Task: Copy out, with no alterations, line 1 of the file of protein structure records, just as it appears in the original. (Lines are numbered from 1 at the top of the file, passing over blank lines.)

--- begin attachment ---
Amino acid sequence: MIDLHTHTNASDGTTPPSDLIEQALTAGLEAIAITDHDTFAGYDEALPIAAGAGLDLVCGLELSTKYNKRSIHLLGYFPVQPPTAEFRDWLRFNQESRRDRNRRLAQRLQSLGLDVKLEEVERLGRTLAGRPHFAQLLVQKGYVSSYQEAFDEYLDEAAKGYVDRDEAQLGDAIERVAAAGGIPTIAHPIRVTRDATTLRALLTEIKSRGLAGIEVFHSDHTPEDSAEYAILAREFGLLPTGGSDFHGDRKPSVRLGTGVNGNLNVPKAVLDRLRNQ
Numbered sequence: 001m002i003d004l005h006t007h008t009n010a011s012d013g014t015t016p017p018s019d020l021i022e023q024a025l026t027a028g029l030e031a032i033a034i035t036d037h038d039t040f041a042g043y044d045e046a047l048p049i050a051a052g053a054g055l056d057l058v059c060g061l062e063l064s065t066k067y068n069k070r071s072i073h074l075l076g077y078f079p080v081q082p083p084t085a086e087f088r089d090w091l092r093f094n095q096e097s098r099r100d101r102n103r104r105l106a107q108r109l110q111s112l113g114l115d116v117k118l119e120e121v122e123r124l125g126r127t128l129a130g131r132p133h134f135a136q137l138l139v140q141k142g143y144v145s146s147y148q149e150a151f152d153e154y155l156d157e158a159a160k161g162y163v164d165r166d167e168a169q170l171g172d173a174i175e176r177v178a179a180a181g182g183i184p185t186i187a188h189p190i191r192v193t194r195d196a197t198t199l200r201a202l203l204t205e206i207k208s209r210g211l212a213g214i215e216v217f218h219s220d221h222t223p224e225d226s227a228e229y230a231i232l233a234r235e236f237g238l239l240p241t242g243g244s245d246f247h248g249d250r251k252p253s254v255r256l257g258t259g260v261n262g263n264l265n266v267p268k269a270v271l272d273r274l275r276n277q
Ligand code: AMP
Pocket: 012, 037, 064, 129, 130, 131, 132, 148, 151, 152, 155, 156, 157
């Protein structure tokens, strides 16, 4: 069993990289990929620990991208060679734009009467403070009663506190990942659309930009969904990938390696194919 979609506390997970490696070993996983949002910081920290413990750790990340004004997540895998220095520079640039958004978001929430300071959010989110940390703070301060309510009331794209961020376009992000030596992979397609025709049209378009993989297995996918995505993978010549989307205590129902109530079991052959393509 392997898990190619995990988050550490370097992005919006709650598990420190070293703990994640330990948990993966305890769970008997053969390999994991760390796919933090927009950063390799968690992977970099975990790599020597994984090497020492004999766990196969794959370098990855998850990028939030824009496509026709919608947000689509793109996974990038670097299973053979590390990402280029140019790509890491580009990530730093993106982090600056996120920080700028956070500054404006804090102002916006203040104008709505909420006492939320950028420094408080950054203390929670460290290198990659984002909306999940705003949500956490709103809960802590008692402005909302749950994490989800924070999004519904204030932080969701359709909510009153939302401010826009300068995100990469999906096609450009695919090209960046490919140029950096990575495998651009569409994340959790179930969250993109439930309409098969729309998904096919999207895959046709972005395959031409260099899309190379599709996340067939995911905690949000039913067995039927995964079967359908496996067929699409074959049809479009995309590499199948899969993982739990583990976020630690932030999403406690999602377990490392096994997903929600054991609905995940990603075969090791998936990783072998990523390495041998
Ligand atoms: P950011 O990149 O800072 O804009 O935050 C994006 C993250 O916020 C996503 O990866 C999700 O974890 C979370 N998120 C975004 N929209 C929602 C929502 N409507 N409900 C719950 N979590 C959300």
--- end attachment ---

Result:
Amino acid sequence: MIDLHTHTNASDGTTPPSDLIEQALTAGLEAIAITDHDTFAGYDEALPIAAGAGLDLVCGLELSTKYNKRSIHLLGYFPVQPPTAEFRDWLRFNQESRRDRNRRLAQRLQSLGLDVKLEEVERLGRTLAGRPHFAQLLVQKGYVSSYQEAFDEYLDEAAKGYVDRDEAQLGDAIERVAAAGGIPTIAHPIRVTRDATTLRALLTEIKSRGLAGIEVFHSDHTPEDSAEYAILAREFGLLPTGGSDFHGDRKPSVRLGTGVNGNLNVPKAVLDRLRNQ